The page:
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NEWS
February 6, 2007
Participants in the Harford County juvenile drug court had 36 percent fewer subsequent arrests than nonparticipants, and 59 percent fewer days on probation or parole, according to an independent study commissioned by the state court system. The study, conducted by NPC Research of Portland, Ore., also found that the average cost to the criminal justice system as measured by rearrests, incarcerations, and probation was 60 percent less for participants in the year following their involvement in drug court.
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NEWS
By Andrea F. Siegel, The Baltimore Sun | June 9, 2013
He's come out on top in six contested elections as a Democrat in an increasingly conservative county, and has withstood criticism that he's both too soft and too tough, appeased minorities and disappointed minorities, said too little and said too much. He's been on the job a quarter-century, long enough to get his typewriter replaced by a computer with a flat-screen monitor, see defendants' locations pinpointed by cellphone towers and have DNA emerge as a key tool in criminal cases.
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NEWS
By Richard O'Mara and Richard O'Mara,Sun Staff Writer | November 13, 1994
A middle-aged man steps up in the District Court in Northwest Baltimore and ignites a vast smile on the judge's face. She is glad to see him."Good afternoon," says the judge, examining his file. "I see you are doing great. We owe you our applause."Everyone in the court starts clapping -- clerks, lawyers, other waiting defendants -- in celebration of Joseph Paige, who is then asked by the judge to say a few words."I was a heroin addict for over 27 years," he tells the 30 or so people on the benches.
NEWS
By Jamey Hueston | May 4, 2011
As the judge in charge of the Baltimore City District Court Drug Court for the past 17 years, and the current chairperson of the state's Judicial Conference Commission on Problem Solving Courts, I am disturbed by recent articles in this paper and elsewhere attacking drug courts as ineffective, essentially calling for drug use to be treated outside of the criminal justice system, and incorrectly asserting that drug courts are most effective for individuals...
NEWS
By Norris P. West and Norris P. West,Staff Writer | November 6, 1992
Imagine a courtroom in which every defendant is a drug addict who has committed a non-violent crime to support a habit. None will get jail time -- unless the addict strays from the drug treatment the judge will order.This is a courtroom of second chances. It's "drug court."Right now, drug court is only a concept in Baltimore. But officials hope to make it a reality here and point to the success of innovative drug courts in Miami and Chicago. Those cities have diverted non-violent offenders from jail by getting treatment for them, instead.
NEWS
By Jay Apperson and Jay Apperson,Sun Staff Writer | March 30, 1994
Baltimore's "drug court" is now in session, steering junkies driven to petty crime away from jail and toward counselors who will treat their habits, teach them to read and even help them find a job.The Drug Treatment Court, scheduled to be unveiled at a news conference today after a monthlong phase-in with a small docket of defendants, is a 1990s-style criminal justice program touted by everyone from President Clinton to U.S. Attorney General Janet Reno...
NEWS
By JULIE BYKOWICZ and JULIE BYKOWICZ,SUN REPORTER | February 19, 2006
The two met at a dinner in Jerusalem, of all places, but Ellen M. Heller wasn't about to let an opportunity pass her by. There was Robert Carmona, president of an innovative Harlem, N.Y.-based job training program called Strive. Like Heller, he had traveled to Jerusalem to help the Israeli government set up an employment initiative. "I said to him, `You know, I have another hat that I wear,'" Heller said. Actually, it's a robe. Although she retired in 2003 after 17 years as a Baltimore circuit judge, Heller continues to preside over the felony drug court that she developed.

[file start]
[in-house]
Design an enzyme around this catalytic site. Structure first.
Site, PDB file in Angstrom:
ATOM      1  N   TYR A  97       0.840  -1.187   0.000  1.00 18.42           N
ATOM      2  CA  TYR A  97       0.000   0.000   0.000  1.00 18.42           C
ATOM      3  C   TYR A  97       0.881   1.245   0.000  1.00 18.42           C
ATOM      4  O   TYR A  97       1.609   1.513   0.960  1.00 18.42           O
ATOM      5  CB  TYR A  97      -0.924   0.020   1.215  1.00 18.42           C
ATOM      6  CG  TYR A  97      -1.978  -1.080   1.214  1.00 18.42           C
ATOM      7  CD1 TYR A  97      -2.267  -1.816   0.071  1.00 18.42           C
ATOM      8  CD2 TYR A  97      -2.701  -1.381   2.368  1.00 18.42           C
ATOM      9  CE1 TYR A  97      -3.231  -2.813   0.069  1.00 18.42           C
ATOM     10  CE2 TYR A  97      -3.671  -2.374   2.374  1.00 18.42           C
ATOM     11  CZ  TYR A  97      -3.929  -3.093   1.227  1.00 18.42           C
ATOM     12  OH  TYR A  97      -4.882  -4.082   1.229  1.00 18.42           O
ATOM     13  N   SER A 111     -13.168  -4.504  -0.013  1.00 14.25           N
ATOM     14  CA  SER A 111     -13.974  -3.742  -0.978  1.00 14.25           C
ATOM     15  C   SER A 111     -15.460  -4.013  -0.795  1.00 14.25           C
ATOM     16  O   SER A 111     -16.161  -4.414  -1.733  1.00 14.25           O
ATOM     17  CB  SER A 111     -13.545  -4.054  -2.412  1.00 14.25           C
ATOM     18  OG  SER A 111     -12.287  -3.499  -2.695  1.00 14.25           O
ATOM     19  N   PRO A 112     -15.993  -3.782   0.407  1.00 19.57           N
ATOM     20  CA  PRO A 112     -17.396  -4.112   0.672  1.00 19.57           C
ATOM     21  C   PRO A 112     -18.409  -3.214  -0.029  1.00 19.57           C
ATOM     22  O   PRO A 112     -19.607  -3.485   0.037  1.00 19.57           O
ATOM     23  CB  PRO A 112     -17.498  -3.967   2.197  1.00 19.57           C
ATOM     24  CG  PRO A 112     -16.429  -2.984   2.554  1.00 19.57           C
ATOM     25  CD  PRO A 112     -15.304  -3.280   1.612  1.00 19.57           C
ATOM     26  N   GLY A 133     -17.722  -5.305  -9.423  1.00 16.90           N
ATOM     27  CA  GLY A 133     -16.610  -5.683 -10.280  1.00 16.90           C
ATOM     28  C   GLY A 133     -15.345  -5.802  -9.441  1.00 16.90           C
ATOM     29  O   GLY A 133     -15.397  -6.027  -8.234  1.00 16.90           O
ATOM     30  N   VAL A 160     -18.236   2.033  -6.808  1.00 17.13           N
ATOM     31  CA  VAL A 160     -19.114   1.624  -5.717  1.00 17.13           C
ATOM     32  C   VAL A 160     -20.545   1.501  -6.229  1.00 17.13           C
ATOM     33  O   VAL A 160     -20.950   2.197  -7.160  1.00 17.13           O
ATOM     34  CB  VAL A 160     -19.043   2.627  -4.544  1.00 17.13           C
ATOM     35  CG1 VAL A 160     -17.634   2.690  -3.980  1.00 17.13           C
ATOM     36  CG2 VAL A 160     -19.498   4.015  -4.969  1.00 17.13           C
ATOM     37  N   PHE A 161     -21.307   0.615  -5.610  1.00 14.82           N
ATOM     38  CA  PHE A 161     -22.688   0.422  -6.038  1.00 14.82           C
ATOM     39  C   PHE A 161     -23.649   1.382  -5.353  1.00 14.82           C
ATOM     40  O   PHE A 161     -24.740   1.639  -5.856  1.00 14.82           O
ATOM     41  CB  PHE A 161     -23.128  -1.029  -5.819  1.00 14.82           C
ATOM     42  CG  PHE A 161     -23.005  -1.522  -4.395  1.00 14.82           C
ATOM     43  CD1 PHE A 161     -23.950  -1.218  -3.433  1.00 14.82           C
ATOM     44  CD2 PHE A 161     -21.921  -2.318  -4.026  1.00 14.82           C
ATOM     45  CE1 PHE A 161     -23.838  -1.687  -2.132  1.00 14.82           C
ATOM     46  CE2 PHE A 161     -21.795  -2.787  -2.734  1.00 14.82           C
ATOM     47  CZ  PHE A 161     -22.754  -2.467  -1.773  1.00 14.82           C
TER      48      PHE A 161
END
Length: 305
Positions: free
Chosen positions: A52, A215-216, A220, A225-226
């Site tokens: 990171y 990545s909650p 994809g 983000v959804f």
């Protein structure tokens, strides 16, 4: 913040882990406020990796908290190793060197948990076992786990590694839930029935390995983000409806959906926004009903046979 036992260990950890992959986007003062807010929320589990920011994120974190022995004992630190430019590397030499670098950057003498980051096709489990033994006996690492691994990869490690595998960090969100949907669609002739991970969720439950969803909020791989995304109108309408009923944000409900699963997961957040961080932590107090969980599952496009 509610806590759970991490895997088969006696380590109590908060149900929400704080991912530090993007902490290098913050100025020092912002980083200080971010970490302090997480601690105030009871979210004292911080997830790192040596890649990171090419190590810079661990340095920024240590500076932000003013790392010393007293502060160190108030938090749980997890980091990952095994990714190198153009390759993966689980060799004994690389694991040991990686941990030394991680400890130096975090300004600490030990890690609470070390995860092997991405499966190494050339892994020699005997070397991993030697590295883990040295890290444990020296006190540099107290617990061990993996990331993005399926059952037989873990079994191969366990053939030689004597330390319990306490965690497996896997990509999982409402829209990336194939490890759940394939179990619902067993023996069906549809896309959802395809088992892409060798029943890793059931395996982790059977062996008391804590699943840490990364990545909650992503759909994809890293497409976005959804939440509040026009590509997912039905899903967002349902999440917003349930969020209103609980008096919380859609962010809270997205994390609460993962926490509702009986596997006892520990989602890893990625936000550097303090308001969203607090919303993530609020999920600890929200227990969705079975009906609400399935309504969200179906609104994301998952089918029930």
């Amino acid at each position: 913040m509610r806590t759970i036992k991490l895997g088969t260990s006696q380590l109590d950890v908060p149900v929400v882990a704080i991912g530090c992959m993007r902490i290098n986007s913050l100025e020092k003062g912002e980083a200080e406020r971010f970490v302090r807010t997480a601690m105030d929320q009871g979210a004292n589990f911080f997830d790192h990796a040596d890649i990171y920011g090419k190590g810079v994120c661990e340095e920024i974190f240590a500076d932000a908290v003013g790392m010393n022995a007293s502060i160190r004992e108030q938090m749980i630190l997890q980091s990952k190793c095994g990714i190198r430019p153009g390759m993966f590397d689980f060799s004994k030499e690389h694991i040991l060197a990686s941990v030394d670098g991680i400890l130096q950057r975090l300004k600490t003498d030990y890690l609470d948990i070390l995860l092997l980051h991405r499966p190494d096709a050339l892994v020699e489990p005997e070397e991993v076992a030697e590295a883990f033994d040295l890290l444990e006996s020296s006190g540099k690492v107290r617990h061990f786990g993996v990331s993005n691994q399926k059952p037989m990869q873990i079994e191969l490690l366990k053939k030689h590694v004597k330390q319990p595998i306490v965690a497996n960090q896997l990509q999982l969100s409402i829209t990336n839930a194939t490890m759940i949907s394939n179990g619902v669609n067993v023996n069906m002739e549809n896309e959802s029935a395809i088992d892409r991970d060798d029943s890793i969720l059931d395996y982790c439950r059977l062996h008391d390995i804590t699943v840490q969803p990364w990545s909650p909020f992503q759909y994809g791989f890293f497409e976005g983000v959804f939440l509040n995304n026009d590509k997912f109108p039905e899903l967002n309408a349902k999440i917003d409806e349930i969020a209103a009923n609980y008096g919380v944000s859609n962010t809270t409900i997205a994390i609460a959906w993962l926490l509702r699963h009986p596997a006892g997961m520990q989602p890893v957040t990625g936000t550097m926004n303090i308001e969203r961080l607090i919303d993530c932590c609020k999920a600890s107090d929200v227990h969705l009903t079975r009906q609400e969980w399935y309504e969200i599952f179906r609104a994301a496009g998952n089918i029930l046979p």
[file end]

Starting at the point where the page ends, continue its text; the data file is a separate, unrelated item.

NEWS
By DAN RODRICKS | September 28, 2006
Icalled the other day for an expanded attack on the drug addiction that fuels the drug trade that fuels the violence that fuels the decline - or at least delays the progress - of the quality of life in Baltimore. It's a burden on the entire metropolitan area, on the whole state. Drug addiction has been placed at the root of 80 percent of crime. It's the reason our prisons are filled. It's why we have neighborhood crime patrols, why our courts are crazy-busy. In many cases, drug addiction is at the root of family dysfunction, and family dysfunction - compounded by poverty, ignorance, unemployment - is at the root of the cycle of failure of children and schools.
NEWS
By Jarrett Carter and Jarrett Carter,SUN STAFF | March 5, 2003
Baltimore County has established a juvenile drug court, a program designed to rehabilitate young offenders. The court will closely monitor offenders while providing drug treatment, educational assistance and counseling, said County Executive James T. Smith Jr. "This has been a priority for the county because it is so significant and so important," said Smith, who announced the initiative at a news conference in Towson yesterday. "The human benefit of the program is just tremendous." The program is the first in the county.
NEWS
By Julie Bykowicz and Julie Bykowicz,SUN STAFF | October 31, 2001
Howard County, with its socieconomically diverse population and location between two major cities, is an ideal place for a drug court, several residents told members of the Howard County Drug Treatment Task Force at a public meeting yesterday evening. "Many parents here cover up their children's drug problems because of their high socioeconomic status," Karen Speights-Diggs, a Columbia resident, said during the meeting. "They say, `It's only marijuana' or `It's only one time' when their kids get in trouble.